Confessions of a Mussel Man


I am a true mussel man. That is, when I feel threatened, I clam up. I shut myself up inside my shell. There I feel self-contained, needing nothing and no one. Hard on the outside, my soft internals thus protected – I have created my very own universe. And I am my own God.

I flexed my “musselness” just the other night. Something happened between my wife and me, something producing a negative emotion; hurt, disappointment, guilt. And so I decided to turn in early. I decided to burrow into bed and into my shell. I would go to close my lid and lay in darkness – there to froth and ferment.

But my plan hit a kink. My wife, not yet sensing my turmoil said sweetly, “You know, I’ll turn in early with you.”

Now I had to roll away from her, not an easy maneuver for an armless mollusk. But I managed and lay there cold, hard and impenetrable. I wasn’t trying to send a message, but my wife got it nonetheless. I wasn’t trying to make her feel alone; I just wanted space. I wasn’t trying to scare her; I just wanted to feel safe. I wasn’t trying to accomplish any of those things, but I succeeded in doing them all.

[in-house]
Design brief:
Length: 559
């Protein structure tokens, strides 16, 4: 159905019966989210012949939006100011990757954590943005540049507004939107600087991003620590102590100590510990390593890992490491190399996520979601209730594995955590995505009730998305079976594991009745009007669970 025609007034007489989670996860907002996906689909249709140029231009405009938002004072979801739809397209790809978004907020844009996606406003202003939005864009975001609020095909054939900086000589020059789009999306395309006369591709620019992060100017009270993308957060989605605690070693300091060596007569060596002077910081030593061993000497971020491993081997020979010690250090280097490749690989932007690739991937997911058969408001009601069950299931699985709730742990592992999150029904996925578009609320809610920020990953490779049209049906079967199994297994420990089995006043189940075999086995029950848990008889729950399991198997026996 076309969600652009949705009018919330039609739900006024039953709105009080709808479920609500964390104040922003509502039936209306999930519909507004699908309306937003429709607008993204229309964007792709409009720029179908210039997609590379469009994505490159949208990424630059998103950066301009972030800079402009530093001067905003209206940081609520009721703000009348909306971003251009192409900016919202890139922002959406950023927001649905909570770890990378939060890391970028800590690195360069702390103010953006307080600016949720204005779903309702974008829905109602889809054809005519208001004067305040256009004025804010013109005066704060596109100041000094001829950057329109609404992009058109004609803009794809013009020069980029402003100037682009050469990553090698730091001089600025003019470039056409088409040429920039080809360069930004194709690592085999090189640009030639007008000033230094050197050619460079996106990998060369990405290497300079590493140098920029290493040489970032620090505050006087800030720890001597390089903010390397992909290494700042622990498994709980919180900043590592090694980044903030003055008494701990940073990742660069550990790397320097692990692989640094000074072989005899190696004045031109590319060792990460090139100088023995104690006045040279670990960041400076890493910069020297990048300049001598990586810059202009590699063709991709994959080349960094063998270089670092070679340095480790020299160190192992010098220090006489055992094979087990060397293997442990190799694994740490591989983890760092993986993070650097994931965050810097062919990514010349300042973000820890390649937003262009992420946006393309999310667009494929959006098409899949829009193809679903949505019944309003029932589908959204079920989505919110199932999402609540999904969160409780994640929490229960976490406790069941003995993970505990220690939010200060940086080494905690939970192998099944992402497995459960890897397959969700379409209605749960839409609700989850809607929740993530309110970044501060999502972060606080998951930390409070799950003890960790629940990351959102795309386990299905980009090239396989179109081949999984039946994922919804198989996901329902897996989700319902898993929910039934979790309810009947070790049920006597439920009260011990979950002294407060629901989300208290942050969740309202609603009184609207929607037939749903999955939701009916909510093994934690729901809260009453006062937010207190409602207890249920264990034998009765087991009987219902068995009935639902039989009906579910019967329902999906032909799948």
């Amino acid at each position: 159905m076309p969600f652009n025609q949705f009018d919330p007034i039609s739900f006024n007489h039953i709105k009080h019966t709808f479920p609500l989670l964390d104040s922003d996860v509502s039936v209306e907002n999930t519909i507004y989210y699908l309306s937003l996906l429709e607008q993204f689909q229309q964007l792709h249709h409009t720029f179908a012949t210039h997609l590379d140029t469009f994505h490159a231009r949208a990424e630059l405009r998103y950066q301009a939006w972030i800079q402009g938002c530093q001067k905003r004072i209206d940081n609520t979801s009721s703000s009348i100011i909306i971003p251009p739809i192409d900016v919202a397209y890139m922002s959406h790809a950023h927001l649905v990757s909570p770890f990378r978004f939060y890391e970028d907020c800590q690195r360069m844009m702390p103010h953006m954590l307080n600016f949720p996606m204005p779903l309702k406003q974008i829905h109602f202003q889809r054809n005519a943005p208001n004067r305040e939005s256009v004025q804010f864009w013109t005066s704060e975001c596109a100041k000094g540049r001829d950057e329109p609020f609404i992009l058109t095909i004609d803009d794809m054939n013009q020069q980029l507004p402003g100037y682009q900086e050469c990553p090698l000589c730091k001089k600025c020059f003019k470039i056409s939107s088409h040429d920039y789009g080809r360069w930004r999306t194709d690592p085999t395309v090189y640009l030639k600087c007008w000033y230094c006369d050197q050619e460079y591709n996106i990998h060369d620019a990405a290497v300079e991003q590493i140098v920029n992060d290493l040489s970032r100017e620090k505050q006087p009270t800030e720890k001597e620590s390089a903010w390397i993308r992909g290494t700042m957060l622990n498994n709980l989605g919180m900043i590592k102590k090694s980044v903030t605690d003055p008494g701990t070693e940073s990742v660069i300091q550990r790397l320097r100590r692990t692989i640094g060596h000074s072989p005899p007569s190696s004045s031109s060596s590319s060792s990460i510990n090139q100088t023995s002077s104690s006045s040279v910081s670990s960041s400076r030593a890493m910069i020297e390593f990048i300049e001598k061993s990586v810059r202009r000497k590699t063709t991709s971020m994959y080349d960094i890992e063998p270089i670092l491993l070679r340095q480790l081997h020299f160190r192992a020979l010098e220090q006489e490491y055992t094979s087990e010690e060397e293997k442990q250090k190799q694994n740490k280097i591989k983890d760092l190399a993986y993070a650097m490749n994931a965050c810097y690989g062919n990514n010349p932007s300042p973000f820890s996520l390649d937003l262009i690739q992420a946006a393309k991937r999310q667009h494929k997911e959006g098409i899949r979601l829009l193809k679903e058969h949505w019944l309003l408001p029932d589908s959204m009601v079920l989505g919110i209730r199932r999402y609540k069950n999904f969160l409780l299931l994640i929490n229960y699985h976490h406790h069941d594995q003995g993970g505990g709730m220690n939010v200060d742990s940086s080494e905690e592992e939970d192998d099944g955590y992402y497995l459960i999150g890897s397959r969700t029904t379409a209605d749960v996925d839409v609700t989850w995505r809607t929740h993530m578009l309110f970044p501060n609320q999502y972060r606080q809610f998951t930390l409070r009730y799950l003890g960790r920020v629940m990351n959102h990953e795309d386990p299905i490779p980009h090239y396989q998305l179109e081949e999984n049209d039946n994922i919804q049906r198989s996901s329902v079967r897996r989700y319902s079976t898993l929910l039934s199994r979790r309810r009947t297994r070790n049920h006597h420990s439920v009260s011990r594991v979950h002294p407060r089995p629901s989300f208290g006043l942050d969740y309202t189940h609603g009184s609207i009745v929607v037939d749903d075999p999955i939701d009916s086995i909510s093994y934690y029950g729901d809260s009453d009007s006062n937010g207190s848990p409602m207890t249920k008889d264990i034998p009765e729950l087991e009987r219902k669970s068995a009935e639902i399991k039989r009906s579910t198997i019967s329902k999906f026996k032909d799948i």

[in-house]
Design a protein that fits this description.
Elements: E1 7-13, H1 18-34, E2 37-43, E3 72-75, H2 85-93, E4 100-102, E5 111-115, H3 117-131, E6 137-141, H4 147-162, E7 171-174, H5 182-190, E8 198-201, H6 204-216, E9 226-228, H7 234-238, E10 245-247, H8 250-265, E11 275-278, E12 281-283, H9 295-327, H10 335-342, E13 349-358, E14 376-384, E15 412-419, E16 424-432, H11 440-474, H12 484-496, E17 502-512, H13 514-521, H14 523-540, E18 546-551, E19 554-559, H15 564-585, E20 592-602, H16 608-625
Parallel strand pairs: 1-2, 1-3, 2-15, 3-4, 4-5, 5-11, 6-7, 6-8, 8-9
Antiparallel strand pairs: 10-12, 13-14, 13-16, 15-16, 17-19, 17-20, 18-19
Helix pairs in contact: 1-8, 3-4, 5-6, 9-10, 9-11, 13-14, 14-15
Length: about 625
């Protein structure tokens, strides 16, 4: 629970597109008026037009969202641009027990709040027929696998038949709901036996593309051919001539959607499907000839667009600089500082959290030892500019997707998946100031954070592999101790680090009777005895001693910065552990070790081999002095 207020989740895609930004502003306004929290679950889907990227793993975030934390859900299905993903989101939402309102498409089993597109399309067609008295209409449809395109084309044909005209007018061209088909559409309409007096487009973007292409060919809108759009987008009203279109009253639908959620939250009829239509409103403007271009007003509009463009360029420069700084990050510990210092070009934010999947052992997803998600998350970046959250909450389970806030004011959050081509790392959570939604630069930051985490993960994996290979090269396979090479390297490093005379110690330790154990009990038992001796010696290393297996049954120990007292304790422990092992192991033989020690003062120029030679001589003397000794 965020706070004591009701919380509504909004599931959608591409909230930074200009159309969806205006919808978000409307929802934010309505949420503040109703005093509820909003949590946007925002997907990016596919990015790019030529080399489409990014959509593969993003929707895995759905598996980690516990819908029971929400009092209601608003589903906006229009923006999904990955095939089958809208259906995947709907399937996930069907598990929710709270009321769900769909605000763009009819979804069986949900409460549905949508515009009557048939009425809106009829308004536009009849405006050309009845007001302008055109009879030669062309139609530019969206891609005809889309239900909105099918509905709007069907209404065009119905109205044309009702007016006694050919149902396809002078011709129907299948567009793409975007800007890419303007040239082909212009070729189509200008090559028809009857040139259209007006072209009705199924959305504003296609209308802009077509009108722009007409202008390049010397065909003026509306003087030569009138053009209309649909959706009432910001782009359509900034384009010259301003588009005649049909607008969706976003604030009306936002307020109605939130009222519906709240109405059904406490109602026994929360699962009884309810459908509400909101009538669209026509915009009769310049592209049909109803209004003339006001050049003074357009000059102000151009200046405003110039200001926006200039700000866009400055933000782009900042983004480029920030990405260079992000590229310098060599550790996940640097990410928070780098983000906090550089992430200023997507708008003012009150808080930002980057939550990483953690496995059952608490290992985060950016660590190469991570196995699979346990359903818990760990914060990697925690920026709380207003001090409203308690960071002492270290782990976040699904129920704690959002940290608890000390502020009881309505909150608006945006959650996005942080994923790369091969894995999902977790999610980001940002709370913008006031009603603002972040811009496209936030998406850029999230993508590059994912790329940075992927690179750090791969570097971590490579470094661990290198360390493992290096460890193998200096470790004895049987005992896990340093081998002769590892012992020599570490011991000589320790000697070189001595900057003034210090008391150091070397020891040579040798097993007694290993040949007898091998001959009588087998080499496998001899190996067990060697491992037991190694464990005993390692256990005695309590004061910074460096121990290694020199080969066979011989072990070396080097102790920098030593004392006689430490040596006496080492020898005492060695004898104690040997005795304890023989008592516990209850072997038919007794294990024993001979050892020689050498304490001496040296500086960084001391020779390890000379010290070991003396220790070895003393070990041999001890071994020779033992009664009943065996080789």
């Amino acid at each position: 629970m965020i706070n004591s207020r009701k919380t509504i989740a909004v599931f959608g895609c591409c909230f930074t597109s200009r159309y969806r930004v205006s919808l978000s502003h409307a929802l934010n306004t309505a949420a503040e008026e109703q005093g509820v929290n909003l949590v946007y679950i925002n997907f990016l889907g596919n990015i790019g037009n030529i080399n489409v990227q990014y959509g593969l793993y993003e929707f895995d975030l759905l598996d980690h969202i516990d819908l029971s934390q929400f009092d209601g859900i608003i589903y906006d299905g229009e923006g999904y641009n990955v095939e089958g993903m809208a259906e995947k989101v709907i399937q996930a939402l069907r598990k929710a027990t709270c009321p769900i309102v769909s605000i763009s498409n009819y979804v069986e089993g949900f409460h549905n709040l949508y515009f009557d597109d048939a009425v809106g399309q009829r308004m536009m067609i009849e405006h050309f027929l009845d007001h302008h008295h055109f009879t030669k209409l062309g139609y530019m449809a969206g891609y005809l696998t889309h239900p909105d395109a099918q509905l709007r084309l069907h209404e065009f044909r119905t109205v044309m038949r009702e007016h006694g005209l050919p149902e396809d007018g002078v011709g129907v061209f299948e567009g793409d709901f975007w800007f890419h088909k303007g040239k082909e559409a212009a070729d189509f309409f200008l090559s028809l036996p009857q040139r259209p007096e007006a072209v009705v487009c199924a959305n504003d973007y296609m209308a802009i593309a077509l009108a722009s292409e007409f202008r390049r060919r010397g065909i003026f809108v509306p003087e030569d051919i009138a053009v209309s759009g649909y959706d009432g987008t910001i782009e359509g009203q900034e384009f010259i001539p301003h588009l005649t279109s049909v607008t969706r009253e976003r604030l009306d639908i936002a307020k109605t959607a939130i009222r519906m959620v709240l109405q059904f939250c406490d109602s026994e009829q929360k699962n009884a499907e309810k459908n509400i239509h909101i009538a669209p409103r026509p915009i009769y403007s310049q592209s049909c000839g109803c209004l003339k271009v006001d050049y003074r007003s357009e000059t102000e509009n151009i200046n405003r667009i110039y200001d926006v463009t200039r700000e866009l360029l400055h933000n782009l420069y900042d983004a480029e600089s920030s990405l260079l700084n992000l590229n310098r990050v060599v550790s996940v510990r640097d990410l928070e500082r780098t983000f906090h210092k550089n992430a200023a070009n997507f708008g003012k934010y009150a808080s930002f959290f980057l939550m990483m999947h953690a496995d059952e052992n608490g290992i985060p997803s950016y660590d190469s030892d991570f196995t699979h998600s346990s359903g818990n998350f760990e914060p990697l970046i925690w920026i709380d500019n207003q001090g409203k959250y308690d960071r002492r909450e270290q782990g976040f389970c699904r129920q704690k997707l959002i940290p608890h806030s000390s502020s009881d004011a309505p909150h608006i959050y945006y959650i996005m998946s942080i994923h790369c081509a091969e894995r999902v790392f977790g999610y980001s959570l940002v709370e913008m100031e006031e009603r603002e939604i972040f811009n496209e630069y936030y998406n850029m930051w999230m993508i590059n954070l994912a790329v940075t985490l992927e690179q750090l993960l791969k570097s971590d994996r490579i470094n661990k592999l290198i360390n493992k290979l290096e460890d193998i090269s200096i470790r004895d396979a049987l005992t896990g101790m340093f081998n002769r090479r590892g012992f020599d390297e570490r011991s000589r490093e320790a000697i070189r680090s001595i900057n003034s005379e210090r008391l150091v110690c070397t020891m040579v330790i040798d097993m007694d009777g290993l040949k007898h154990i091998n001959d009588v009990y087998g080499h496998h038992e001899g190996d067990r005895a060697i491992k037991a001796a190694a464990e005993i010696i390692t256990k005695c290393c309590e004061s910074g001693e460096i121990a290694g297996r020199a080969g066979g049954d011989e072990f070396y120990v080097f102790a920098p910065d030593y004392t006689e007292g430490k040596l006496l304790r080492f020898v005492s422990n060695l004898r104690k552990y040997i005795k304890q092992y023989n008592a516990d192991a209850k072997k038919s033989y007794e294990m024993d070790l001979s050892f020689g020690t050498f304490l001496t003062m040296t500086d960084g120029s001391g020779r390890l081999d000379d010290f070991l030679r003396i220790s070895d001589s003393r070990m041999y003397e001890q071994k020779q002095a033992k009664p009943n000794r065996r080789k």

Here is my confession: Just when I need to be the most human, I devolve into a mussel. When I need to talk, I clam up. When I need to be open and vulnerable, I pull in and shut down. And when I clam up and shut down, I hurt people around me. It becomes all about me. Picture my wife lying there trying to snuggle with a giant nacreous bivalve clam and you immediately see my “shellfishness.”

But it really isn’t funny. And it is even worse than just hurting my wife. Far, far worse.

When I shut the doors to life, I am saying to my wife and to God – I don’t need you. Nor do I want you. I am my own. I do not need light or air or you. And tragically – I get what I set out to get: no light, no air, no one. I succeed beyond my wildest dreams… and beyond my most terrible nightmares. I succeed in making my own tiny universe where I am alone and shut off from light and air.



Roger Edwards
Roger Edwards joined The Barnabas Center in 1991. In addition to counseling individuals & couples, Roger teaches & leads discussion groups about applying the Bible to everyday life.  He is a licensed professional counselor, holds a master’s degree in biblical counseling from Grace Theological Seminary in Indiana & earned a bachelor’s degree in engineering from UNCC.  He is married to Jean, and they have seven children.

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